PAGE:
Members of the Homer High School cross-country ski team pose while practicing on roller skis on the Homer Spit in Homer, Alaska. (Photo courtesy Alison O’Hara)

Members of the Homer High School cross-country ski team pose while practicing on roller skis on the Homer Spit in Homer, Alaska. (Photo courtesy Alison O’Hara)

Seasoned ski coach steps into head position for Homer’s team

Alison O’Hara is technically the new head coach for Homer’s cross-country ski team, but she’s no stranger to the sport or teaching it to young people.

O’Hara has been coaching at the assistant level for a while and has long been active in Homer’s skiing community. She moved into the head coaching position for the high school team this season when no one else applied for it, she said.

“I think it’s going really well,” she said.

O’Hara credited her two assistant coaches, Megan Corazza and Katie Miller.

“They’re awesome,” she said.

O’Hara said she’s excited to implement several techniques and tips she recently learned on a trip to Montana. There, she participated in a weeklong ski clinic that included instruction from a former Olympic skier.

“I learned a lot,” she said. “So I’m super excited about sharing the different kinds of stuff that I learned. Even a lot of dry land (things), too.”

That will come in handy for Homer’s team, as snow has been scarce so far this season. O’Hara said the coaches try to make each practice varied and interesting, but that it can be difficult on team morale to inch farther and farther into the season with no snow in sight.

“It’s just frustrating, because it would be like swimming without water,” O’Hara said of the lack of snow.

Homer did get a much welcome snowfall on Tuesday night that stretched into Wednesday, but the team has been doing a lot of roller skiing and adventure runs up to this point. The coaches even had the skiers get retro with some step aerobics, O’Hara said.

One training technique O’Hara said the team will work on implementing this season is called periodization. It consists of a four-week block in which one week is on the easier side and geared toward racking up hours of running or skiing, another week of intervals, a third week of hard combination work and, finally, a recovery week.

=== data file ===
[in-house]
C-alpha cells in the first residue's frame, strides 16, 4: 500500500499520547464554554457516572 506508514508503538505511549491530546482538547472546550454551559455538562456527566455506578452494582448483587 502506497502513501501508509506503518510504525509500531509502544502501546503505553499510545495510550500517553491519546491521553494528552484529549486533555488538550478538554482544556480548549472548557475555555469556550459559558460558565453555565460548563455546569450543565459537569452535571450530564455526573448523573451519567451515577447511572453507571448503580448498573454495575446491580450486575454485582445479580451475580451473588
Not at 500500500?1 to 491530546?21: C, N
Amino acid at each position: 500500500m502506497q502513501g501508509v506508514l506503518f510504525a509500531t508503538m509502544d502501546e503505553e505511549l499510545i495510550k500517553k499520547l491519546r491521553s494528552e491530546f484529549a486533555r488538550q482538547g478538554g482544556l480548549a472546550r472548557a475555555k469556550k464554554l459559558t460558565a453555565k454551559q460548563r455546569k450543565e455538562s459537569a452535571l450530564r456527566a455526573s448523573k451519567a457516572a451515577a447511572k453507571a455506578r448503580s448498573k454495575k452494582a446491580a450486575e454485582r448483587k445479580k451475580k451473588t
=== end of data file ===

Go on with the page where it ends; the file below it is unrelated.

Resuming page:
As for the team itself, it looks a bit different this year. A core group of five senior boys graduated last spring and have therefore left the boys’ team on the young side.

“We took a heavy hit,” O’Hara said.

On the girls’ side, however, the team didn’t lose any varsity skiers to graduation last year.

“The girls were really strong last year, and this year I expect they’re even going to be stronger,” O’Hara said. “I do expect a lot out of our girls this year.”

Three skiers to watch this season are sophomore Zoey Stonorov, junior Autumn Daigle and senior Katia Holmes.

“All three of them are really super solid,” O’Hara said.

She expects the team to have a strong showing on the Kenai Peninsula this season, in part due to the departure of some strong senior skiers from Kenai Central High School through graduation. The borough-wide meet is set to be held at Government Peak Recreation Area near Palmer this year, which O’Hara said boasts an interesting course.

She said a large hill was recently added to the course, but hills aren’t something her team generally has to worry about. Both the Government Peak trails and the Lookout Mountain ski trails in Homer — where Homer’s team practices — were designed by former U.S. Olympic skier Bill Spencer.

“Hills are something that our kids excel at,” O’Hara said.

Another aspect of the season O’Hara is working on is the continuation of adaptive skiing. With the inclusion of Homer High School student Angelica Haakenson on last year’s team, the entire peninsula got its introduction to sit skiing. Haakenson lost both her legs after a car crash on Christmas Day in 2014. Sh’s a member of both the high school’s ski team and swim team.

Last year marked her debut in the competitive cross-country ski arena. Once skiers from other schools found their way onto adaptive sit skis to join her, Haakenson dominated the competition.

“The other teams definitely rallied,” O’Hara said.

O’Hara said she’s working on trying to improve logistics of including adaptive skiing into the regular season so that it can continue. Working out kinks like making sure there are available outhouses at all meets is one consideration.

Last year’s sit skis, other than those belonging to Haakenson, were borrowed from Challenge Alaska. O’Hara said they will need to be borrowed again this year.

“We just have to keep being creative,” O’Hara said of integrating adaptive skiing into the traditional ski meet lineup.

Last year, Homer’s program incorporated a number of challenging relays, one of which involved a female standing skier, a male standing skier and a sit skier all working together.

Reach Megan Pacer at mpacer@homernews.com.

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